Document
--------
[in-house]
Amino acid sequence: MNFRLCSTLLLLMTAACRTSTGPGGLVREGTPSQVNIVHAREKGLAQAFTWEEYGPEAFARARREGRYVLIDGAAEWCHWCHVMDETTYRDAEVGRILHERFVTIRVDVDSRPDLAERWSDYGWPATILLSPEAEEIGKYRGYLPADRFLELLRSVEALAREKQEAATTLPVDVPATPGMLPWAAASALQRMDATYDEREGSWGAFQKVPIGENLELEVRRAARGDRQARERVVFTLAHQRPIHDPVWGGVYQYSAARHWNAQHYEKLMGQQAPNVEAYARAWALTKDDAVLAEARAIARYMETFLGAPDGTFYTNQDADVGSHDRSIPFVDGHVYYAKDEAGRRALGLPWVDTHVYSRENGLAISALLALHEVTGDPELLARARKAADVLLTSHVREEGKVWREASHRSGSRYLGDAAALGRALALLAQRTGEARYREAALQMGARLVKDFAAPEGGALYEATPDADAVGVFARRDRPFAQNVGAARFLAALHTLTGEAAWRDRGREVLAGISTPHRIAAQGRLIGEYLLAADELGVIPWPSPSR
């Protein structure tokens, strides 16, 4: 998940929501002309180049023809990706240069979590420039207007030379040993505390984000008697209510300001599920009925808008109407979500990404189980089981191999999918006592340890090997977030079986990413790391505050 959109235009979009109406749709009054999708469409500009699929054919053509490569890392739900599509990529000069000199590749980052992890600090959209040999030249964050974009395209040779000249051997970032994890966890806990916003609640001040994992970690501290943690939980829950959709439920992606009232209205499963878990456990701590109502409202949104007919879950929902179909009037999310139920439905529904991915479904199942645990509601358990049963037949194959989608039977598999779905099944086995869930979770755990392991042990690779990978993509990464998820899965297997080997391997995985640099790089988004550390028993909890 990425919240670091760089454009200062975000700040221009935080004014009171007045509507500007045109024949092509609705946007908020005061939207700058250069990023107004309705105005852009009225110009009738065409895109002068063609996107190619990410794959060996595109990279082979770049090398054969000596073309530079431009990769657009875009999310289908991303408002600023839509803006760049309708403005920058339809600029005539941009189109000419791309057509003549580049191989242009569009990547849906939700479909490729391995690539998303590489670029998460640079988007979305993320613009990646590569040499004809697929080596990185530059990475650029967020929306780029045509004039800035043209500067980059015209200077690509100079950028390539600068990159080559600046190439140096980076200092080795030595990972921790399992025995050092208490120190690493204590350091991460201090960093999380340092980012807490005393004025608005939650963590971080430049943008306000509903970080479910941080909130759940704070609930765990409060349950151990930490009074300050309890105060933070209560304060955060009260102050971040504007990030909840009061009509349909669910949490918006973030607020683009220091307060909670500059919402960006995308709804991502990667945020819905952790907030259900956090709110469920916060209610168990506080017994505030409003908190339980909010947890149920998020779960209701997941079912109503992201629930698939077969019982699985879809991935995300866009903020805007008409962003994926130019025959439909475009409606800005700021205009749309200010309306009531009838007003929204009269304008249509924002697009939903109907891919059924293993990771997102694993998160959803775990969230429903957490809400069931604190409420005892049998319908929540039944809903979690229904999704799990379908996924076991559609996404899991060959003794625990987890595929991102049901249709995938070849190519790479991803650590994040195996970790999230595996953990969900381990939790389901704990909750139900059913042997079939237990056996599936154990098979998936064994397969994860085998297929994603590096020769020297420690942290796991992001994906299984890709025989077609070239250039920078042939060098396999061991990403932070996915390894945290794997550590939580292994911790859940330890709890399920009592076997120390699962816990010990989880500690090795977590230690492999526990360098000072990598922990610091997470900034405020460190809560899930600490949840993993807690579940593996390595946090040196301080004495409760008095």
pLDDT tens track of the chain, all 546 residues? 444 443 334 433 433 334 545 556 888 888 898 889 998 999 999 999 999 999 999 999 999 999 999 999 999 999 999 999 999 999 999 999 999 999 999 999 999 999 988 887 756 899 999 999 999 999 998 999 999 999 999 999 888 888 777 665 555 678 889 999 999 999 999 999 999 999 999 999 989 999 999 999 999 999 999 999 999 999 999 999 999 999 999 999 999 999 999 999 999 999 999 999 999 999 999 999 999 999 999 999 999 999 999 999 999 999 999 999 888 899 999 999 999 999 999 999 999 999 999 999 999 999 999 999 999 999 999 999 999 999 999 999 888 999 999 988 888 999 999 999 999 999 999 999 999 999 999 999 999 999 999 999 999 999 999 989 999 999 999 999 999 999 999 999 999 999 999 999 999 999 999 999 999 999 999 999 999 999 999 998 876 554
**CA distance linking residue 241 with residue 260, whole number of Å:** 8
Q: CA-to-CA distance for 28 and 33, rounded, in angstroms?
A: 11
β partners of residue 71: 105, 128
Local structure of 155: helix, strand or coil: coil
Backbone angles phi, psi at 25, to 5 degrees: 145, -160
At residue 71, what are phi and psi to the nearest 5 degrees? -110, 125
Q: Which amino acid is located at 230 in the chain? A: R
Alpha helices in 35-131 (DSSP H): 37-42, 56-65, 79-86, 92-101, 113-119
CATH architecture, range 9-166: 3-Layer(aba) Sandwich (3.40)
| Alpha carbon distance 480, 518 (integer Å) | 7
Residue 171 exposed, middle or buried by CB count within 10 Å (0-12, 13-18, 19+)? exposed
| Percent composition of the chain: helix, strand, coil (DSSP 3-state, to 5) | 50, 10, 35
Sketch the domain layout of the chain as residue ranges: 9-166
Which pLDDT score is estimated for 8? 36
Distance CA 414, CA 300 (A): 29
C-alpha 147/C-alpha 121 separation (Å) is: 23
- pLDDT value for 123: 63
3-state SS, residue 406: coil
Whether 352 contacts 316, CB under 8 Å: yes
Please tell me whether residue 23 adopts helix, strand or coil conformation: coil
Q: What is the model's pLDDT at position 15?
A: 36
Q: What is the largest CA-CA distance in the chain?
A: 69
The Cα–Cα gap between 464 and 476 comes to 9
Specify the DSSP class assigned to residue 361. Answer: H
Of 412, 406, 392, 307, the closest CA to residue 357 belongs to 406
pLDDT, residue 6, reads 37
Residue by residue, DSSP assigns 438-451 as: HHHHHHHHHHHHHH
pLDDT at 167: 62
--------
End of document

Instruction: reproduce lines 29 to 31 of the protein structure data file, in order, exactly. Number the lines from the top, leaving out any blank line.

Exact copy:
A: 69
The Cα–Cα gap between 464 and 476 comes to 9
Specify the DSSP class assigned to residue 361. Answer: H